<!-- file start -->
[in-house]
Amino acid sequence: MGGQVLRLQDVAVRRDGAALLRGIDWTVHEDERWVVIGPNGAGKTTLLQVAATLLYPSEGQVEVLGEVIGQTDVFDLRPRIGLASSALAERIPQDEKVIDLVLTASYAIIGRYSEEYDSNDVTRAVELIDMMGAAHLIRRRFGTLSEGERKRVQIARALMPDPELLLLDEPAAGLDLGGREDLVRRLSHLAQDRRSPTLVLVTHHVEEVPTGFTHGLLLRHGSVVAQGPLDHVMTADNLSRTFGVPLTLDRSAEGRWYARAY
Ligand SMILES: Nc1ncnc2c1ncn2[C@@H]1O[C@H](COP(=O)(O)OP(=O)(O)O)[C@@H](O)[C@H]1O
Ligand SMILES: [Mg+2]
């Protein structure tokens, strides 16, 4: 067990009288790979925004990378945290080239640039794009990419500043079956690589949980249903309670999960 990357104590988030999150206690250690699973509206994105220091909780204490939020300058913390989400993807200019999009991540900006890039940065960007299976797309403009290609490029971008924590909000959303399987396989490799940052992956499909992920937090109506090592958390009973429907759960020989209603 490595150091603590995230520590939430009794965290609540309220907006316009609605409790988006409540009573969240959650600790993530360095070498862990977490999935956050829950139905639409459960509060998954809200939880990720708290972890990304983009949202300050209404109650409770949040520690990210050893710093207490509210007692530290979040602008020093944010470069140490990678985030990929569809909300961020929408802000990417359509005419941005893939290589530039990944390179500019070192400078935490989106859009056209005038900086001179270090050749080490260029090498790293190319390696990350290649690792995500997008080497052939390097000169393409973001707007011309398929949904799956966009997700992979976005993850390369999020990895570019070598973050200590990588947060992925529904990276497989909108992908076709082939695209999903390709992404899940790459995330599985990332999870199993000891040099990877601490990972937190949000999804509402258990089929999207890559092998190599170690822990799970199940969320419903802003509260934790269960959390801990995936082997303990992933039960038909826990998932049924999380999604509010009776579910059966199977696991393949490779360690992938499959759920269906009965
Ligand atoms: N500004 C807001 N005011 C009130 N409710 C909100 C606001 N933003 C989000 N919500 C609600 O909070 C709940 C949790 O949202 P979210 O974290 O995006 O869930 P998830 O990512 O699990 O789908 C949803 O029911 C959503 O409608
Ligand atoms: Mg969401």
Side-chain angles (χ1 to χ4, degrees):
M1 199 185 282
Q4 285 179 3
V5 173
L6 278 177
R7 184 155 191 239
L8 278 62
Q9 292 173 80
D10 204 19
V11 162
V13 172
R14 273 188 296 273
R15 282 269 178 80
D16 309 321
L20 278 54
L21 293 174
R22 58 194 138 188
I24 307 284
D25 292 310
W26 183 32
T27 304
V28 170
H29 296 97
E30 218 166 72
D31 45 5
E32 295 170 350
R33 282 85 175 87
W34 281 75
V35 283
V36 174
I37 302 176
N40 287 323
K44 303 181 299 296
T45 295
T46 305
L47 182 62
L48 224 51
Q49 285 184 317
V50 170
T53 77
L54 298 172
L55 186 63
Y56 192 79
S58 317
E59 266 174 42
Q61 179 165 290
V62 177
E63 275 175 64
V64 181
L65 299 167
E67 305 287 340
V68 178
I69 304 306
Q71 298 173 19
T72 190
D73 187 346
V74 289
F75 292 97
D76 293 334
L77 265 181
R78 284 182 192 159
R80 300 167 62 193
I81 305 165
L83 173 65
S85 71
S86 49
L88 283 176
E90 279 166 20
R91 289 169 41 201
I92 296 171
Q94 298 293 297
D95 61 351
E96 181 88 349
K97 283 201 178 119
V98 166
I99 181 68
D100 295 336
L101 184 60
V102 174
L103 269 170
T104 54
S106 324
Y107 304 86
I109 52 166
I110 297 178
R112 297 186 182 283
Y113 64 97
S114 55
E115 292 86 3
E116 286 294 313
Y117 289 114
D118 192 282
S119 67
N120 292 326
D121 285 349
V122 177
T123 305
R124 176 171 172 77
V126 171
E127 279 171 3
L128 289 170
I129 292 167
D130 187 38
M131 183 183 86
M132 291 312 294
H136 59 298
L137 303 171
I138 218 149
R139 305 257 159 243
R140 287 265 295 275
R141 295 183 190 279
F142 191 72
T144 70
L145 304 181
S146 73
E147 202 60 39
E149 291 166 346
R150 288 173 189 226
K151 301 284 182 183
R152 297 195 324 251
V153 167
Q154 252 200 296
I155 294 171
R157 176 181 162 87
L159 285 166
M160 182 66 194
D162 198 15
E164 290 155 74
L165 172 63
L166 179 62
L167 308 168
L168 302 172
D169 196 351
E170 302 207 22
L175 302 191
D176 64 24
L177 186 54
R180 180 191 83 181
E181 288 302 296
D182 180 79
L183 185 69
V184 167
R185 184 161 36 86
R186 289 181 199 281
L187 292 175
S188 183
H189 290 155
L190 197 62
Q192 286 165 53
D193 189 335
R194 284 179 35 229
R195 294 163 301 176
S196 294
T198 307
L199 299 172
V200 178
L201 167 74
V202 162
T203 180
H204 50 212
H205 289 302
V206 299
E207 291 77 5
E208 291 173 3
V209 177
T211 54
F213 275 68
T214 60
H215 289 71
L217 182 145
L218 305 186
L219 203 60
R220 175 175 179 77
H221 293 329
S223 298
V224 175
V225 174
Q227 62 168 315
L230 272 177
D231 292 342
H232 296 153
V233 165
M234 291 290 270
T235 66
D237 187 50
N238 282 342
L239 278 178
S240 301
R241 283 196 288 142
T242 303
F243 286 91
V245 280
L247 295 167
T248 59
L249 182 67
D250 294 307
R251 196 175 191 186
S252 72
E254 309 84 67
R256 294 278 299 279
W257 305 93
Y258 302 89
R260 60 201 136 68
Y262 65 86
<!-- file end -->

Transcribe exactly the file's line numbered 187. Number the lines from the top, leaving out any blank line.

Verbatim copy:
D231 292 342